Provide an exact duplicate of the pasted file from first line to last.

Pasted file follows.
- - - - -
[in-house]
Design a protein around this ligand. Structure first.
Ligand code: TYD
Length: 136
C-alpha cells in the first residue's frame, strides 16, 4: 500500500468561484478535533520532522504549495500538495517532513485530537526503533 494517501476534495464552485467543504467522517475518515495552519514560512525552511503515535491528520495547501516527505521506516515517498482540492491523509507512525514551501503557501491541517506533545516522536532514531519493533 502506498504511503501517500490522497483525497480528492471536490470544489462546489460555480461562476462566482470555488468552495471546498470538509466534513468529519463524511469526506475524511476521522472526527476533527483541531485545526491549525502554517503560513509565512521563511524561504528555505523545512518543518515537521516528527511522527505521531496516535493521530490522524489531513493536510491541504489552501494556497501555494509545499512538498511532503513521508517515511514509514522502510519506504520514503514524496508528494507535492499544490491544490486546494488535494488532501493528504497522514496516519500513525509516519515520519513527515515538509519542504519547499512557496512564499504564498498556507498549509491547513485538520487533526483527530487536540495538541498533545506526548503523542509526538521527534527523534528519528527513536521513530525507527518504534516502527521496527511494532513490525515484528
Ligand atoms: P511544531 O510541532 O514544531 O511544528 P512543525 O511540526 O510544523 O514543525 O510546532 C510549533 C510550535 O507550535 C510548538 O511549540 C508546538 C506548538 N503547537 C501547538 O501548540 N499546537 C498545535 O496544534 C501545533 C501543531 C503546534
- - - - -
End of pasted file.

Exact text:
[in-house]
Design a protein around this ligand. Structure first.
Ligand code: TYD
Length: 136
C-alpha cells in the first residue's frame, strides 16, 4: 500500500468561484478535533520532522504549495500538495517532513485530537526503533 494517501476534495464552485467543504467522517475518515495552519514560512525552511503515535491528520495547501516527505521506516515517498482540492491523509507512525514551501503557501491541517506533545516522536532514531519493533 502506498504511503501517500490522497483525497480528492471536490470544489462546489460555480461562476462566482470555488468552495471546498470538509466534513468529519463524511469526506475524511476521522472526527476533527483541531485545526491549525502554517503560513509565512521563511524561504528555505523545512518543518515537521516528527511522527505521531496516535493521530490522524489531513493536510491541504489552501494556497501555494509545499512538498511532503513521508517515511514509514522502510519506504520514503514524496508528494507535492499544490491544490486546494488535494488532501493528504497522514496516519500513525509516519515520519513527515515538509519542504519547499512557496512564499504564498498556507498549509491547513485538520487533526483527530487536540495538541498533545506526548503523542509526538521527534527523534528519528527513536521513530525507527518504534516502527521496527511494532513490525515484528
Ligand atoms: P511544531 O510541532 O514544531 O511544528 P512543525 O511540526 O510544523 O514543525 O510546532 C510549533 C510550535 O507550535 C510548538 O511549540 C508546538 C506548538 N503547537 C501547538 O501548540 N499546537 C498545535 O496544534 C501545533 C501543531 C503546534